Second, in April the whole game turns on it’s head, as the disease mutates into a zombie-creating plague. This might sound daft, but it’s the first time I’ve really had to think more about the humanity of what you’re doing. Pandemic is normally just coloured blocks representing a spreading plague, with little connection to the people being plagued. Now, as Season 1 develops, the disease manifests as actual people – actual figures on the board that you can isolate or kill for the greater good. Did I want to though? Did I really want to give up on curing them?
Third, the biggest twist of all. One of your characters betrays you. That’s right, one of the characters one of you has been playing as – one of the team – unknowing that they were a traitor all long. They turncoat and you find out you’re the baddies, and now you have to undo everything you have built. It’s brilliant. You’ve spent so much time investing in your characters, going to stupid lengths to protect them, and in the end you lose one of them anyway.
This sense of loss is something both games create in different ways, without ever making you feel like you’ve been cheated. When you spend most of your time mitigating and avoiding it, the loss does hurt but I think this is something you have to experience. If the games didn’t force these moments, I probably wouldn’t have lost any characters, but there’s something character-building about that brief moment of silence as you stare at your fresh blank new character card.
Those 3 twists are the game. The moment-to-moment tactics are mostly Pandemic with some expansions, and that’s great. But those 3 moments are what will stand out forever for me. They were the things that made me want to play ‘one more game’ and made me pester my play mates to let me know when their next free night was.
So I was incredibly excited for Season 2. How could they top that?
As you probably know, Pandemic Season 2 starts small as a post-apocalyptic world with a tiny map. It also flips the basic mechanic of Pandemic on its head. Rather than take away cubes, you’re placing them on the board. The difference here is it lets you plan ahead and hedge your bets, but it also creates a new anxiety. Now almost everything was preventable, if only you had had the foresight to place some supplies there. It’s the ultimate FOMO.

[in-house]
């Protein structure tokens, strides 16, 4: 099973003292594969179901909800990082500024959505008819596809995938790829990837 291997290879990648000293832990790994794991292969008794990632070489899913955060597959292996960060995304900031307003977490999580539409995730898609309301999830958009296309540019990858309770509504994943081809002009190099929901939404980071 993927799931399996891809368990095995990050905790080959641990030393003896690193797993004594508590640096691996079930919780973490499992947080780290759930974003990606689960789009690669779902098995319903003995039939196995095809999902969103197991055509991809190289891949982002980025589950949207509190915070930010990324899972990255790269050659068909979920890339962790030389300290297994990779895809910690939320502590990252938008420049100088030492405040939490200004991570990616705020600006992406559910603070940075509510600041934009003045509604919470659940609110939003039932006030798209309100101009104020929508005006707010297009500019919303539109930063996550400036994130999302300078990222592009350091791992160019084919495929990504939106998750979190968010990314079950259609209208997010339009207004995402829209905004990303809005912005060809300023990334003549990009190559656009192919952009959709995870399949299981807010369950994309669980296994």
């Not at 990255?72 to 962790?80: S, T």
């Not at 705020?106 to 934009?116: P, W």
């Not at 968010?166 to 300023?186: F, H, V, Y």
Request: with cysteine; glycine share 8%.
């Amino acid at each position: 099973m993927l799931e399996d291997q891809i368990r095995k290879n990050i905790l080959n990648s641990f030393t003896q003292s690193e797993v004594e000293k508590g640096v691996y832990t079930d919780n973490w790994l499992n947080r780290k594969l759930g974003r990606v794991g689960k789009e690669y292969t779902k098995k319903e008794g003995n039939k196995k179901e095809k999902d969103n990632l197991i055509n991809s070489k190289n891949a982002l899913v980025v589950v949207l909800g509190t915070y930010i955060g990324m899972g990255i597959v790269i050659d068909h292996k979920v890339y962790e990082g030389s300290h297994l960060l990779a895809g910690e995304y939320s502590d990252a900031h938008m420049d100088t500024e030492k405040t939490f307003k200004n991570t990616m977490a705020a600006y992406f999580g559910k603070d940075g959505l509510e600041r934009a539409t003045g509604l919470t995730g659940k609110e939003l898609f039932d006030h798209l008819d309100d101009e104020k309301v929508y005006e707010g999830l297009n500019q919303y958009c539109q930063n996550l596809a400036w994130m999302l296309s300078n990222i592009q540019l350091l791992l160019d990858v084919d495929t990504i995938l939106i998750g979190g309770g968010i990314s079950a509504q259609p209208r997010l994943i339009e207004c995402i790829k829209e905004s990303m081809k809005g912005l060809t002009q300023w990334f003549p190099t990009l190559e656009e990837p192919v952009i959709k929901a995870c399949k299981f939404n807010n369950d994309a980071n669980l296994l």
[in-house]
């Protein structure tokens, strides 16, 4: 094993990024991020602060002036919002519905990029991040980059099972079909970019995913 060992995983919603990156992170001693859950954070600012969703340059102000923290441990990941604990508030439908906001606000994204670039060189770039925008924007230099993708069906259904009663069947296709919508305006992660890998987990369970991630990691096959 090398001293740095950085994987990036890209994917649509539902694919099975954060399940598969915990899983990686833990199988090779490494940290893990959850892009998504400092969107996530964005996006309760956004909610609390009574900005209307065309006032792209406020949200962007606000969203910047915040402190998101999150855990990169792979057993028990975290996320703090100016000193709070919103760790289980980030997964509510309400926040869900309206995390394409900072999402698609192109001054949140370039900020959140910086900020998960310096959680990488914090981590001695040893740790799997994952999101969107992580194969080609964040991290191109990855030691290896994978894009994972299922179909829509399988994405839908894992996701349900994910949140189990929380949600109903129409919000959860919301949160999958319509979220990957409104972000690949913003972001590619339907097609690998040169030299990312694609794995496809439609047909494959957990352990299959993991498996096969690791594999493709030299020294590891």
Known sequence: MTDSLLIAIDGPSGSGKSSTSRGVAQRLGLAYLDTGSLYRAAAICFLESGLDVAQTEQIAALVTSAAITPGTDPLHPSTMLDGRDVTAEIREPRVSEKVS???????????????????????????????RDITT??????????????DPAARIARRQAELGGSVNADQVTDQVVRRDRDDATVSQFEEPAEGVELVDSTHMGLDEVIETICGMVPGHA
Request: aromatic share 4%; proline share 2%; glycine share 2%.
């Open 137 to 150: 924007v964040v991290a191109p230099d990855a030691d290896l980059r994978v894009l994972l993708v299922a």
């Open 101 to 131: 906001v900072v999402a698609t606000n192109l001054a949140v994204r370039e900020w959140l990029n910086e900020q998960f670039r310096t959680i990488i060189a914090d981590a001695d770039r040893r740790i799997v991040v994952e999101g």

I loved exploring the map, building out the world. It makes the game feel in part like a build-your-own Pandemic, drawing your own city lines and planning your own supply centres. Because of that freedom, the game has to make itself harder and that’s great: I was ready for a challenge. Losing in Pandemic often feels like you played the odds and the unlikely event happened, but here I at least felt I had more control and more games came down to the wire. We often would realise that we probably only had 3-4 turns left, so we either had to choose to try and to win in that time, or cut our losses and just do our best to mitigate the damage that would roll over to the next game. It creates brilliant tension as you flip over the remaining cards, hoping it doesn’t hit the one city currently without any supplies.
Compared with Season 1 games might become unwinnable, but here you can at least create your own secondary objectives. You can connect more of the map, search cities or try to build up populations. Those secondary objectives can also sometimes derail the main ones as you really want to scratch off that city search or open that next box. I love that push and pull of the character’s objectives with your real-world desires to uncover all the content and surprises.
The final mission in both games is obviously supposed to be epic, but I can barely remember Season 1’s. Season 2 however was far more devious. Knowing that each attempt was going to kill a character added so much more tension, and meant you had to plan a lot more rather than just trying to go for it. We ended up going into the month of December with the high expectation – and acceptance – of losing the first game, just to set ourselves up for the best possible go at it the second time round. All the eggs in one basket and one plan. We were lucky it worked.
Overall, my take away is that I had a deeper connection and created more memories with Season 1, but Season 2 is the better, more polished game. Both brilliant but in different ways. Season 1 had the bigger surprises and some of the bigger decisions, but it was also my first Legacy game. There was no way of knowing what the limits of the game would be. Even the simple things like the first time the game offered us new characters was a surprise, I didn’t expect that. Season 2 overall just felt more cohesive, built in a more satisfying way. But I was less attached to my character, so when the opportunity came I was happy to swap out – it was just a collection of abilities, not something I felt a deep connection with or had created much of a mythos around.
I look forward to the next Legacy game I play. It still feels like there is so much more to be done in this genre. How did your Legacy experiences differ or match with ours? We’d love to know.